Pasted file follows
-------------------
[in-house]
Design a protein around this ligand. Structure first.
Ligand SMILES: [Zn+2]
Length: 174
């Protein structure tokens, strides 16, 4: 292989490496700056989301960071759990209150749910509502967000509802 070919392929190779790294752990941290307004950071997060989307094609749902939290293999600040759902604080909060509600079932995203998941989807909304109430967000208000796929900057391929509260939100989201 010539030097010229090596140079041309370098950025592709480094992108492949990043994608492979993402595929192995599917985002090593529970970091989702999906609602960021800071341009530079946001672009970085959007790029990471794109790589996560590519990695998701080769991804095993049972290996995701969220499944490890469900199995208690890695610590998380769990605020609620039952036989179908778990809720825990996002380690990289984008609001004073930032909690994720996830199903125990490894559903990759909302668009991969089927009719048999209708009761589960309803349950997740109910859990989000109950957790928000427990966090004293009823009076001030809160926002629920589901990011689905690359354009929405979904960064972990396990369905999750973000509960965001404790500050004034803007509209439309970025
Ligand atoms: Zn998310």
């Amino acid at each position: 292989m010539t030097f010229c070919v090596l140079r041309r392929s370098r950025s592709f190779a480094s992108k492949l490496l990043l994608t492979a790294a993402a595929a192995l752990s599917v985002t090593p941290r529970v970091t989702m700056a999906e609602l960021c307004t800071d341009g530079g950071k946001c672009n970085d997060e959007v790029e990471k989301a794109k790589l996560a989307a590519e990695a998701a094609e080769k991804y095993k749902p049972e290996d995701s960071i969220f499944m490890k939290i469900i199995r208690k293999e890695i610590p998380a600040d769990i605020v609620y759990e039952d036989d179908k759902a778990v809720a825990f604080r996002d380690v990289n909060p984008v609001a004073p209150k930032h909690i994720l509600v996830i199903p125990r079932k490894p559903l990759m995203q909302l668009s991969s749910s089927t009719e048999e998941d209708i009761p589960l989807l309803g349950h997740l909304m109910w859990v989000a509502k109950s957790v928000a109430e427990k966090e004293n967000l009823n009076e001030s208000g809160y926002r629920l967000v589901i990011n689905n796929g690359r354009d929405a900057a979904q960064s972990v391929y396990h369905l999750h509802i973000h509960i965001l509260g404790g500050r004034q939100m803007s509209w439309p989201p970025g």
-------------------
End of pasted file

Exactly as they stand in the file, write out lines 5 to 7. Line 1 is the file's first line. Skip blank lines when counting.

């Protein structure tokens, strides 16, 4: 292989490496700056989301960071759990209150749910509502967000509802 070919392929190779790294752990941290307004950071997060989307094609749902939290293999600040759902604080909060509600079932995203998941989807909304109430967000208000796929900057391929509260939100989201 010539030097010229090596140079041309370098950025592709480094992108492949990043994608492979993402595929192995599917985002090593529970970091989702999906609602960021800071341009530079946001672009970085959007790029990471794109790589996560590519990695998701080769991804095993049972290996995701969220499944490890469900199995208690890695610590998380769990605020609620039952036989179908778990809720825990996002380690990289984008609001004073930032909690994720996830199903125990490894559903990759909302668009991969089927009719048999209708009761589960309803349950997740109910859990989000109950957790928000427990966090004293009823009076001030809160926002629920589901990011689905690359354009929405979904960064972990396990369905999750973000509960965001404790500050004034803007509209439309970025
Ligand atoms: Zn998310």
């Amino acid at each position: 292989m010539t030097f010229c070919v090596l140079r041309r392929s370098r950025s592709f190779a480094s992108k492949l490496l990043l994608t492979a790294a993402a595929a192995l752990s599917v985002t090593p941290r529970v970091t989702m700056a999906e609602l960021c307004t800071d341009g530079g950071k946001c672009n970085d997060e959007v790029e990471k989301a794109k790589l996560a989307a590519e990695a998701a094609e080769k991804y095993k749902p049972e290996d995701s960071i969220f499944m490890k939290i469900i199995r208690k293999e890695i610590p998380a600040d769990i605020v609620y759990e039952d036989d179908k759902a778990v809720a825990f604080r996002d380690v990289n909060p984008v609001a004073p209150k930032h909690i994720l509600v996830i199903p125990r079932k490894p559903l990759m995203q909302l668009s991969s749910s089927t009719e048999e998941d209708i009761p589960l989807l309803g349950h997740l909304m109910w859990v989000a509502k109950s957790v928000a109430e427990k966090e004293n967000l009823n009076e001030s208000g809160y926002r629920l967000v589901i990011n689905n796929g690359r354009d929405a900057a979904q960064s972990v391929y396990h369905l999750h509802i973000h509960i965001l509260g404790g500050r004034q939100m803007s509209w439309p989201p970025g």